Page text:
Rising on his elbow with a groan, Gem shook his head like a confused Ingoti bullock. “I thought I was done for. What happened?”

Zuri stood and rubbed his back. “That replacement Orbital Maintenance you bought blew and sent us spiraling right into the atmosphere. Should’ve guessed. It was too cheap to be an honest deal.”

“Blast! I’ll pay them back for this; don’t worry.” Gem rose and started toward the console. “How long before we’re ready to set off again?”

His gaze rising to the ceiling, Zuri crossed his arms. “It’ll only take a few hours with both of us working on it. But, I’ve heard about this planet—how about we take a little tour?”

Gem scowled. “I’ve heard about humans, too. Primitive and—”

“I didn’t say anything about humans. By the Divide, if I wanted to go to the zoo, I’d visit the one on Helm.” He stroked his chin. “No, how about scouting around a little? There might be resources we could use. The Ingilum would pay dearly….”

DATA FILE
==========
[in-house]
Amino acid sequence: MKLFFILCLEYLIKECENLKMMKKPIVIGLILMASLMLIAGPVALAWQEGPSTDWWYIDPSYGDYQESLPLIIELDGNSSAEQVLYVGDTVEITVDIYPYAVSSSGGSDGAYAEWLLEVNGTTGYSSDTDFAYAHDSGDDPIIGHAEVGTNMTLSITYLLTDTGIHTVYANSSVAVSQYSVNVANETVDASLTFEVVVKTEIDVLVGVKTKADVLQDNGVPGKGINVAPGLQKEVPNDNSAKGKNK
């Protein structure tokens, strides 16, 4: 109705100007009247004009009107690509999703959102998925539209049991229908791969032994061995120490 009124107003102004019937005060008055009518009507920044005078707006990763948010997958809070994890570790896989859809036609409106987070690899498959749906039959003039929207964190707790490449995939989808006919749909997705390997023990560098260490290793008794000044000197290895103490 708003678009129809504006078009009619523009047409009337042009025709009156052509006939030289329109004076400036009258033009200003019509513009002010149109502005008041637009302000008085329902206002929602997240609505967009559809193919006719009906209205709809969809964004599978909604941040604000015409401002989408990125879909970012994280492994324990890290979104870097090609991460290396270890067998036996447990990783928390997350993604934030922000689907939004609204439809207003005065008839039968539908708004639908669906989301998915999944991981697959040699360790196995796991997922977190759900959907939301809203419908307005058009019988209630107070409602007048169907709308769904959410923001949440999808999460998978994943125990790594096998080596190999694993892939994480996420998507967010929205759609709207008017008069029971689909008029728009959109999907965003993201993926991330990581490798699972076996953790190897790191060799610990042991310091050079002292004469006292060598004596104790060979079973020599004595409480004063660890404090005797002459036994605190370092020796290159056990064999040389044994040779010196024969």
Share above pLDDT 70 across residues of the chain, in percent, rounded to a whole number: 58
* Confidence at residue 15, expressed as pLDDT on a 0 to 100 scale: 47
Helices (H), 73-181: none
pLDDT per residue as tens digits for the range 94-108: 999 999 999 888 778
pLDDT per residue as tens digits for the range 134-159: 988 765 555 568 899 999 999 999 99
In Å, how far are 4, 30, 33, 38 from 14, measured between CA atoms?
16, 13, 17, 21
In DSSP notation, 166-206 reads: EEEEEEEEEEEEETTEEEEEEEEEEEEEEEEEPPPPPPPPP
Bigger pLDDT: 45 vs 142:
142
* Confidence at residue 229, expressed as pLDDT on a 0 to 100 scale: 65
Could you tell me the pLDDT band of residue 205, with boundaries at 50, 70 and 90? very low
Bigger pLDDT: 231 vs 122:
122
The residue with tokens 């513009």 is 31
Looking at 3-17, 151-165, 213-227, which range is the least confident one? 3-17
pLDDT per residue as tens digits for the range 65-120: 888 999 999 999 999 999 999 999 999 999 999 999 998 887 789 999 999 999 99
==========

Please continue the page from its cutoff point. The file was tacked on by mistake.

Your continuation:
A crooked smile crawled across Gem’s face.

~~~

While struggling through dense woodland, Gem wiped his sweaty brow. “How does anyone survive here? It’s not fit for habitation!”

Zuri shrugged. “Not where I would have chosen to land—”

A low growl stopped them both in their tracks.

Slowly, they turned. Zuri raised his Dustbuster and aimed as a tawny, four-legged beast drew near.

Gem swallowed. “That thing’s enormous!” Turning at the sound of human voices. He grinned. “Ah, it’s tracking them.” He pointed to a clearing where a large group of humans had settled down for rest.

Crouching low, Zuri peered between the branches until he could see the throng.

Men, women, and children crowded around a central figure, a tall muscled man with long, black hair.

Peering back at Gem, Zuri shook his head. “They’re practically naked—without any techno-armor at all. Amazing they’ve survived! They must be brighter than they look.” After stepping back, he sent low-power beam searing through the foliage near the huge, stalking cat, frightening the beast into the thick woods.